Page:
Do you really need a skincare fridge?

Do you really need a skincare fridge?

I’ve recently taken delivery of my fourth “skincare fridge”, the first two having been donated to charity and the third used for the storage of mini Cokes. Their intended purpose, of course, is to chill jars and tubes of skincare, theoretically enhancing their absorption and performance, and extending their life. As you will have gathered, I think them pointless and am bemused by their surging popularity. In a triumph of marketing, skincare chillers seem to be succeeding where their predecessors – skincare heaters (which, hilariously, made many of the same claims) – failed.

There’s no earthly reason, unless your home is a Death Valley sweat lodge, why your cleansers, exfoliants, moisturisers and lotions must live in a refrigerator. Yes, there are incidences in which chilled products might be appealing. If eyes are puffy, for example, a chilled gel can refresh and help de-puff. If hot, bothered and knackered, a cold face mist provides an instant psychological boost. When my limbs are particularly dry and itchy, I find the soothing sensation of a cold body cream very welcome. There may be an argument for chilling delicate active ingredients such as vitamin C in face serums, which is notoriously sensitive to light, air and temperature changes, though no meaningful research concludes that a fridge will help retain its stability. But in all cases, there’s no reason to buy a dedicated skincare fridge, when you could just budge up the Hellmann’s and make use of your regular one.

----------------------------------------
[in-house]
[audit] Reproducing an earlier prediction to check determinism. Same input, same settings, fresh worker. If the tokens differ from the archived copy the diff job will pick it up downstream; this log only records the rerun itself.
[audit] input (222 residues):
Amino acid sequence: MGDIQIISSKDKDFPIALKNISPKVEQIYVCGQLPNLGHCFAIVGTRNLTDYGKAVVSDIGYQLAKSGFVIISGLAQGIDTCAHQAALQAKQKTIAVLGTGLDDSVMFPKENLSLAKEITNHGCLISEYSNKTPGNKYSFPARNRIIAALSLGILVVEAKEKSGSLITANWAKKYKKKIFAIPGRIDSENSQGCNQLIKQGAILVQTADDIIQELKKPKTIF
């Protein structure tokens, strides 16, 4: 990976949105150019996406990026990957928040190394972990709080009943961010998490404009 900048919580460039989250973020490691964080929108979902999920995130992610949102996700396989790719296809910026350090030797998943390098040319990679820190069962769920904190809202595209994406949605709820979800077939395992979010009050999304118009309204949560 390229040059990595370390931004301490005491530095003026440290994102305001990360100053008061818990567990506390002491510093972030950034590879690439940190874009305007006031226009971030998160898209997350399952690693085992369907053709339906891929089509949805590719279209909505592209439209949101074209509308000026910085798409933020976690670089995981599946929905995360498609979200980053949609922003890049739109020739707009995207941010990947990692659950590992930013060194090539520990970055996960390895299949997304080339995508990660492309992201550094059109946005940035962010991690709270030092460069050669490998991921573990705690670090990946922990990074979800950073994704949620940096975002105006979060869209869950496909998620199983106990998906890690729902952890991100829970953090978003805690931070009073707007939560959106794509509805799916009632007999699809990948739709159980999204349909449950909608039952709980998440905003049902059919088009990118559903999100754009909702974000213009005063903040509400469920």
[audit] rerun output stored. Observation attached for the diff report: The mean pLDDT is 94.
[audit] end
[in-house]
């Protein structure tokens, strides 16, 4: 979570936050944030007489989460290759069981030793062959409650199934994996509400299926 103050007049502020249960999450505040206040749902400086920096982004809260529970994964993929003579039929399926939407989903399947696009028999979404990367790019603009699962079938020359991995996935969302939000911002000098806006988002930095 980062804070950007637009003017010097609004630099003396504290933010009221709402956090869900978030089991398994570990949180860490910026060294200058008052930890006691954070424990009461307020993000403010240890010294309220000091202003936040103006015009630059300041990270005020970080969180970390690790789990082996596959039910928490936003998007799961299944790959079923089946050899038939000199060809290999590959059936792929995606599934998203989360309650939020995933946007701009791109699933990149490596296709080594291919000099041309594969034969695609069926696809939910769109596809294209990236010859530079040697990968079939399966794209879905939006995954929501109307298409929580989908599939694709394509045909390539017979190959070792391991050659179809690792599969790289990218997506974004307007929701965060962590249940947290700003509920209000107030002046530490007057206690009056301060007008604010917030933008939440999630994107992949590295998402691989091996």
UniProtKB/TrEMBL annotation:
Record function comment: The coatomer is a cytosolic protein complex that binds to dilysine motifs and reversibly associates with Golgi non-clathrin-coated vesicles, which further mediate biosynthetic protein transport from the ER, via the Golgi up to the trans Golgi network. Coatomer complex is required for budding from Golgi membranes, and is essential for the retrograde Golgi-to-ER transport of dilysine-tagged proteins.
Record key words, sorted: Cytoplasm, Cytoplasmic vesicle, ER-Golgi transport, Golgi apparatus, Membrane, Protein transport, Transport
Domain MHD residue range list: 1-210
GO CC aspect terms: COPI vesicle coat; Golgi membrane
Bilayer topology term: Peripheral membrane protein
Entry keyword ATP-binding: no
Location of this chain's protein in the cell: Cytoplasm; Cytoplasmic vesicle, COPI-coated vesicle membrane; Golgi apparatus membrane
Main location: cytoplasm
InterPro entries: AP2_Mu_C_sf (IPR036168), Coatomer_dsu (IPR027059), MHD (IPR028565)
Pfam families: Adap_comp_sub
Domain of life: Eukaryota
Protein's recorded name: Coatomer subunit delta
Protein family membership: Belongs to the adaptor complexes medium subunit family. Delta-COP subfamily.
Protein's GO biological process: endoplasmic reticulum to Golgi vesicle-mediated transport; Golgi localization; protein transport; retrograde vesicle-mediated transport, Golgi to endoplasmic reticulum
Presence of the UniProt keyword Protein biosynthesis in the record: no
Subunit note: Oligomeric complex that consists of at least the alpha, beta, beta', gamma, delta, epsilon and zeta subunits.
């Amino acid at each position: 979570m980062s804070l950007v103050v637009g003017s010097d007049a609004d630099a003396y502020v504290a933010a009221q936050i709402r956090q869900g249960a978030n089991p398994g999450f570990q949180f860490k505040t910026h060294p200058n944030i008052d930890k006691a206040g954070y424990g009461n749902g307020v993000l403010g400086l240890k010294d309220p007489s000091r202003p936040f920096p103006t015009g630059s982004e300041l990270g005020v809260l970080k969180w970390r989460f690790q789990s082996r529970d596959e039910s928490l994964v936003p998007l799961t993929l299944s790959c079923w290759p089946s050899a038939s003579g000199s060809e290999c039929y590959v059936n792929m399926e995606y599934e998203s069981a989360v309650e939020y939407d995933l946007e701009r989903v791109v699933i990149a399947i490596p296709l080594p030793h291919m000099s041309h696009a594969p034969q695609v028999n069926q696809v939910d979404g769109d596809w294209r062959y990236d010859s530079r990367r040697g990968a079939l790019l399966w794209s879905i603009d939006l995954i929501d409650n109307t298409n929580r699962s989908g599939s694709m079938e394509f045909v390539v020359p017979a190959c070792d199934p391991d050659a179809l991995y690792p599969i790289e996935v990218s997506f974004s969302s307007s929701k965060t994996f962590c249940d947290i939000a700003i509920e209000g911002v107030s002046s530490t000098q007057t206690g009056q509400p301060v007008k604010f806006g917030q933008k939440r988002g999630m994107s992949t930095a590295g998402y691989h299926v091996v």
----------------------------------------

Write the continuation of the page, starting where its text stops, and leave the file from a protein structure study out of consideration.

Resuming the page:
If the idea of an undoubtedly cute skincare fridge still appeals (and each to her own), then the Net-a-Porter version (£130) would be my choice, as it looks smart and is one of the few not got up to look like something from a 1950s American-themed diner.

I try to be positive here, so it feels fair to tell you about a beauty gadget I really do rate. I’ve been using the SimpleHuman desktop beauty mirror for years. A long-sighted specs wearer, I couldn’t work without it. But I’ve recently begun to carry the compact version (£89.95) everywhere. It magnifies by 10 times and has a rechargeable sensor-operated natural light that makes colours show true. It’s pricey, but is easily big enough for home use, as well as for travel and as a handbag essential, and gives those with poor vision a better chance of putting on a neat face. A beauty gadget that perfectly solves a problem, rather than invents one.